New Addington independent could fry Fish’s chances

Political editor WALTER CRONXITE on a spanner in the works of Conservative hopes of winning a council seat

Standing again: Michael Castle with his by-election nomination form

Croydon Tories are fuming that one of their party’s former candidates is standing as an independent in next month’s New Addington North by-election, wrecking their chances of winning the council seat from Labour.

Michael Castle was one of the Conservative Party’s official council candidates in what was then known as Fieldway ward at the 2014 local elections. Suffice to say, he did not win.

The by-election in the re-named New Addington North is one of five being staged in Croydon on May 6, alongside the London Assembly and London Mayor elections. The New Addington North vote has been called following the resignation as councillor of Simon Hall, the Labour-controlled council’s cabinet member for finance.

With widespread anti-Labour sentiment over the council’s financial collapse on Hall’s watch, Council Tax increases, controversial Brick by Brick developments around New Addington and the recent council housing scandal, the Tories believed that this was a seat ready for the taking, and at the weekend they named Lara Fish, an activist with strong local connections, as their candidate.

But Castle has put a spanner in the works by putting himself forward as an independent.

He posted on social media, “As I have seen Labour putting their New Addington North candidate leaflets out, it’s time to declare that I will be standing in the by-election for New Addington North (Fieldway). I will be standing as an independent.

“Over the last 10 years or so I have been attending DWP tribunals, meeting with council officers for residents who need help with… issues, repairs and even environmental concerns.

“I am born and bread [sic] Fieldway (always lived here). I have my friend [sic], family and community that I care for here and will be keeping you all updated with what I will be doing on the lead up to this election. So we will soon be seeing Vote Castle once again on the local level of government.”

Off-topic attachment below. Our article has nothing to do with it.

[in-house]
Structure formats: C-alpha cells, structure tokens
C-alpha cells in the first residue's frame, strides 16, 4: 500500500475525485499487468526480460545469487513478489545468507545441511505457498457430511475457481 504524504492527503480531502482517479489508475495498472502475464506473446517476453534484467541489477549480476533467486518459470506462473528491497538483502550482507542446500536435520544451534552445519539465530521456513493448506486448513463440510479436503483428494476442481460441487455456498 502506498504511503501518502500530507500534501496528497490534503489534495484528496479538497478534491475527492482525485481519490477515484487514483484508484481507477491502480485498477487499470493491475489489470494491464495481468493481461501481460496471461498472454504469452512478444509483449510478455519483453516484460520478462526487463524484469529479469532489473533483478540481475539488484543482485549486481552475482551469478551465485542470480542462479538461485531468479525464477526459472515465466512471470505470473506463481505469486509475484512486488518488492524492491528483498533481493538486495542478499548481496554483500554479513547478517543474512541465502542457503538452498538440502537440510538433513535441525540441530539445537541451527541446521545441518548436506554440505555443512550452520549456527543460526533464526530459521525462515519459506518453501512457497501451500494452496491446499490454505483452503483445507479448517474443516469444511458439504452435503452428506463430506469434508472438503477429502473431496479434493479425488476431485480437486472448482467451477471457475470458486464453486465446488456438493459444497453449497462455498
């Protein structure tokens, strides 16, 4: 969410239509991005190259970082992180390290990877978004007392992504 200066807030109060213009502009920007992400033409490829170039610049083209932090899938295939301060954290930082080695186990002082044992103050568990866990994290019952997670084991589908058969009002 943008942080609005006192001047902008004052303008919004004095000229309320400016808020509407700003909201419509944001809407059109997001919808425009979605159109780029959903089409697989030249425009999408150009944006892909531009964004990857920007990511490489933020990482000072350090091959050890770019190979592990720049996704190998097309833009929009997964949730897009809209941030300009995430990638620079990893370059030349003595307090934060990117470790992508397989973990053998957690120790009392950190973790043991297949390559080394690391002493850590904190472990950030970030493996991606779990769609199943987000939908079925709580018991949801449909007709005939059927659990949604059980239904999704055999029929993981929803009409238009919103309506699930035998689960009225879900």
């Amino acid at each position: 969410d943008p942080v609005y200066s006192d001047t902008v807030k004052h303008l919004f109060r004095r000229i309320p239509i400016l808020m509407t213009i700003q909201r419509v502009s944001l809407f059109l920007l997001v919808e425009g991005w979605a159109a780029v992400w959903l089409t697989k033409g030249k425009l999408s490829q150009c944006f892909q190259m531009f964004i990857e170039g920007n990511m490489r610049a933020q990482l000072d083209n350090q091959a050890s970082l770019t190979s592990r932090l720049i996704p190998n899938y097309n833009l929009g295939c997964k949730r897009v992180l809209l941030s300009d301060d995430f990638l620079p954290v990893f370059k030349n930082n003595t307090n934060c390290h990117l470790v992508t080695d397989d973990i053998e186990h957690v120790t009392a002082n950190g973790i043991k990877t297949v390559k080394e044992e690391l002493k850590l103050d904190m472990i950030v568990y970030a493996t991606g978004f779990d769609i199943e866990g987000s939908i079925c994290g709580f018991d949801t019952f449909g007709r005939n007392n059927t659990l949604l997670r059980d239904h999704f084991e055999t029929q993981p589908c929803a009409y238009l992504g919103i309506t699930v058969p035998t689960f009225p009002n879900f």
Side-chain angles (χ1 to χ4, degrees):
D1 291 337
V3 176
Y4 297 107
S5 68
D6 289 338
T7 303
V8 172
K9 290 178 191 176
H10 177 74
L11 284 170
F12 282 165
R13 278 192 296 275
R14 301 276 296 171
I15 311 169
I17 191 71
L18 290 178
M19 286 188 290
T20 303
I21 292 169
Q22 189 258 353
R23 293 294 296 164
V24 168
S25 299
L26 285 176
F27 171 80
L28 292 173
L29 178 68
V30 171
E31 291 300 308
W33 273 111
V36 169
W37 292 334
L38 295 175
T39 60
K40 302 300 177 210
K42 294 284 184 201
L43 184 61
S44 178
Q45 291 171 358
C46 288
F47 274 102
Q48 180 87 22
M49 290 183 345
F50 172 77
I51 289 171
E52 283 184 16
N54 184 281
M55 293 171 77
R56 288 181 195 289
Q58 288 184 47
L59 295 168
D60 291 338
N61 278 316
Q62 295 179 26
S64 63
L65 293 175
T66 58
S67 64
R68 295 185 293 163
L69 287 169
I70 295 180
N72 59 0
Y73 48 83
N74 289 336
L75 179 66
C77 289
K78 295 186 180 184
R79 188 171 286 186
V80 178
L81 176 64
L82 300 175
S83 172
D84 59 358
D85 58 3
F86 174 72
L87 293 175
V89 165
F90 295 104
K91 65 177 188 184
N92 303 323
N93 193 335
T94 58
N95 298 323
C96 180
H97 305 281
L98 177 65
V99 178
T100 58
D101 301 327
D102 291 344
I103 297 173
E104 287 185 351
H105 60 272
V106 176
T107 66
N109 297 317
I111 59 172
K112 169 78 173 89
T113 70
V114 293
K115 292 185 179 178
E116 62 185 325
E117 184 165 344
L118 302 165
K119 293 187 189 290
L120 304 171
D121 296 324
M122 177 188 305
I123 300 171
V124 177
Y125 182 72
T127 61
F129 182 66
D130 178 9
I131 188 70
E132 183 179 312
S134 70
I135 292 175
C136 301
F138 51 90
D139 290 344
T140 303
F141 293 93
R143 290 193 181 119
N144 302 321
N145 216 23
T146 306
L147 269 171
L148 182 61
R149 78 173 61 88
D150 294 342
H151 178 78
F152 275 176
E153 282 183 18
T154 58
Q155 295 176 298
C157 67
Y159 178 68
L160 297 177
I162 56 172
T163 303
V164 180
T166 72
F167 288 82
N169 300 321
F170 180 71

As well as having been a council candidate for the Tories, Castle has also admitted to having considered joining the Labour Party. He has stood for election as an independent before, in 2010 for the Croydon Central parliamentary seat. Castle got 138 votes, or 0.3 per cent of the poll, on a day when 19,567 others voted for Gavin Barwell.

At that time, he revealed that his “greatest achievement” at school or college was his “BTEC National Diploma in Uniformed Public Services” from Croydon College.

Lara Fish: has stood down from NARA to stand for the Tories

He also explained why he wanted to become involved with politics: “I am a Croydon resident, I have lived in New Addington all my life and will stick up for New Addington as people always seem to say bad things about us up here and it is untrue.

“I’m from New Addington and nothing, not even the stigma attached to New Addington, is going to stop me getting where I want to be.”

In what is expected to be a tightly run contest, anything that splits the Conservative vote will reduce their chances of winning.

“We can beat them if everyone against Labour all stick together and vote Conservative,” one Tory supporter said.

“I like Michael a lot but only Conservative candidate Lara Fish can beat Labour and help ditch the Labour council,” said another, someone with an appalling grasp of simple arithmetic: even if the Tories were to win all five of the seats up for grabs on Croydon Council on May 6, they would still be four short of having a majority in the Town Hall.

Labour have named their candidate for the ward as Kola Agboola, also a New Addington resident.

In the meantime, the New Addington Residents’ Association issued a statement over the Easter weekend to announce that Fish has stood down as their organisation’s secretary andresigned from the committee.

“This is in line without constitution which enshrines neutrality and prohibits committee members from being openly party political,” the statement read.

“NARA would like to thank Lara for her hard work in the community and for helping to establish the residents’ association.”

A replacement committee member and secretary will be chosen at NARA’s forthcoming annual meeting.

Read more: Tories include a proven liar among by-election candidates
Read more: Candidates’ tough task to shake off Labour reputation
Read more: Officials to investigate possible wrong-doing at council

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